Saturday, December 31, 2016

Author Interview: Diana Kirk

Author Diana Kirk describes herself as queen in "the world of not enoughs," a "corn muffin surrounded by chocolate caramel cupcakes." Her new book, Licking Flames: Tales of a Half-Assed Hussy, is a collection of brash, funny, and unapologetic essays that you may tear through in a sitting but you won't soon forget.

Diana recently answered questions for Rose City Reader:

The essays in your book are hilarious. They are also all over the place, from brash to tender, family, to raunchy. Where do you get your inspiration?

Well, that's probably my publisher Jennifer Fulford at Black Bomb Books. She chose this collection of essays out of about fifty I’d written over the past few years. Then I wrote "After" and "No Thang" specifically for Licking Flames to give some definition to where I started and where I’m at now. But my editor, author Ariel Gore, wanted another essay called "Trolls" out of the book when we were almost done. Seriously, she wrote DO NOT PUBLISH THIS on the front of that essay and so when Ariel Gore says, DON’T DO THIS…I listen. It was a really serious article about sex trafficking and AIDS in Africa in the 1990’s. A very important piece I’ve never been able to place but she thought it belonged in a travel anthology. The rest of the essays are just my observations in life and experiences I have day to day. I think everything is kind of funny because I’m pretty immature. So maybe that’s the answer. I’m just immature, Gilion. That’s why the tone is all over the place. Maybe I’m in puberty again. It could be.

What is your work background? How did it lead you to writing your book?

My work background is all over the place from law to guiding in Alaska, teaching environmental education, opening businesses. Right now I’m a real estate investor in Oregon but soon I might be a bar owner or a tour guide. I like to try a lot of new things because I’m quite curious about the world. But I’m convinced I wasn’t meant to do one type of work for forty years. I was meant to jump on a ship and go try to figure out an unchartered island. I love bringing order to chaos, and if I can make money in the process, I’m usually really excited about it. By the way, that’s writing. Bringing order to the chaos in my brain. It’s probably why I’m attracted to it.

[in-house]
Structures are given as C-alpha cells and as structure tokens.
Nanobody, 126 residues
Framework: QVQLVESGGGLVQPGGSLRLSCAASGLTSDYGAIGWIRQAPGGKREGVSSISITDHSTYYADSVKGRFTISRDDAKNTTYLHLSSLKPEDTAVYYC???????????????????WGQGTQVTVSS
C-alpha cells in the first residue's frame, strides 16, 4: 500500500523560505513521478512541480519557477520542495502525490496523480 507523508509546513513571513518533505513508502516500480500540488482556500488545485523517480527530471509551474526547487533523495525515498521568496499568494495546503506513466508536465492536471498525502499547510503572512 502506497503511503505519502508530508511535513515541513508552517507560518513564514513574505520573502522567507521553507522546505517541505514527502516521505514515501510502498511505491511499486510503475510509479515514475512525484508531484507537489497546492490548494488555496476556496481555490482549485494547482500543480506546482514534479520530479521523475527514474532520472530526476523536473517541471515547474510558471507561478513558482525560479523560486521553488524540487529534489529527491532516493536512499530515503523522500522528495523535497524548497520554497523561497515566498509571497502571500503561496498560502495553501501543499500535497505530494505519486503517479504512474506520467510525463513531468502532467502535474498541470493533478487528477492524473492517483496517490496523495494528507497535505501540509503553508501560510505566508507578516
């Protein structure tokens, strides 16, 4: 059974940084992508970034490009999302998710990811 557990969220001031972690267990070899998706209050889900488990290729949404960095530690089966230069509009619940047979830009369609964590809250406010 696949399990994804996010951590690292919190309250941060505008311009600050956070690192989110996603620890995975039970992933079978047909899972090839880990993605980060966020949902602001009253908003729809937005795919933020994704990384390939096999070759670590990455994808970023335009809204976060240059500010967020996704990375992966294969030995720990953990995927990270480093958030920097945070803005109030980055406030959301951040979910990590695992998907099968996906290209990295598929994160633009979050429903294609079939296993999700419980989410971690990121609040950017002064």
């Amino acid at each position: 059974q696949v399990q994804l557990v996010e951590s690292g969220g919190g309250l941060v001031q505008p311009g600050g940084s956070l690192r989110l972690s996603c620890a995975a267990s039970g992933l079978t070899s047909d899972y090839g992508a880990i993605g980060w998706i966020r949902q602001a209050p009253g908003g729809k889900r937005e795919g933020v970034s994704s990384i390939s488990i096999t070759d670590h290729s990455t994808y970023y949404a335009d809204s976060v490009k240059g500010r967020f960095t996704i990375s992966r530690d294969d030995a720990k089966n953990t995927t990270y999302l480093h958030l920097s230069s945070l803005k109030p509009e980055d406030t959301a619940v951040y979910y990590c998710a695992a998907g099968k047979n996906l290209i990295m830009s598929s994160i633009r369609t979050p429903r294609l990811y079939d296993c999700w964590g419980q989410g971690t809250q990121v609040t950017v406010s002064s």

How did you come up with the title? And what’s the story behind the subtitle, Tales of a Half-Assed Hussy?

My publisher came up with the title. At first she wanted Happy Hussy, but I didn’t like it because I think happiness is a moment and not a lifestyle. Being happy is kind of like being nice…an expectation burdened on the female gender by society and one I have no desire to perpetuate. So the actual words Licking and Flames then came from my very brash sexual nature, my opinionated lifestyle and a line from the essay "Nancy" that’s featured on the back cover, "I’m a moth, flittering around the edges of whatever might possible kinda maybe hurt me." And Tales of a Half-Assed Hussy. Well, a hussy historically comes from haus, meaning wife but then became an outspoken wife. I like to think of myself as a sex positive deeply married wife that’s also sometimes really lazy. Like right now I’m in sweats eating pancakes for dinner in my bed.

I have a fangirl crush. Will you join my book club? Because you write like we talk. Like we talk after the wine.

Yes, as long as I can bring my vodka and you can handle convos involving body fluids and Matthias Schoenaerts…because immature. [Ed. note: Yes to all.]

What did you learn from writing your book – either about the subject of the book or the writing process – that most surprised you?

I’m surprised at how funny people think it is. Like when I read "Pink Wrestle Mania" to a crowd, they’re dying. The laughing gets so loud in the room, I have to pause so people can hear me. That surprised me because my whole life I’ve been told I’m "overly sexualized" which means "not embarrassed to talk about sex." In fact, about a year before I got my book deal, I was kicked out of a writing group in Portland. The woman running it would get really flustered with my aggressive style and would try on repeat, during our sessions, to shame me for the very thing people now are laughing at. So my surprise is really just that. That I’m funny.

You warn in the Foreword that the book is “memoir. Ish” and “totally true. Kinda.” Just how big of a grain of salt do we need to take this book with?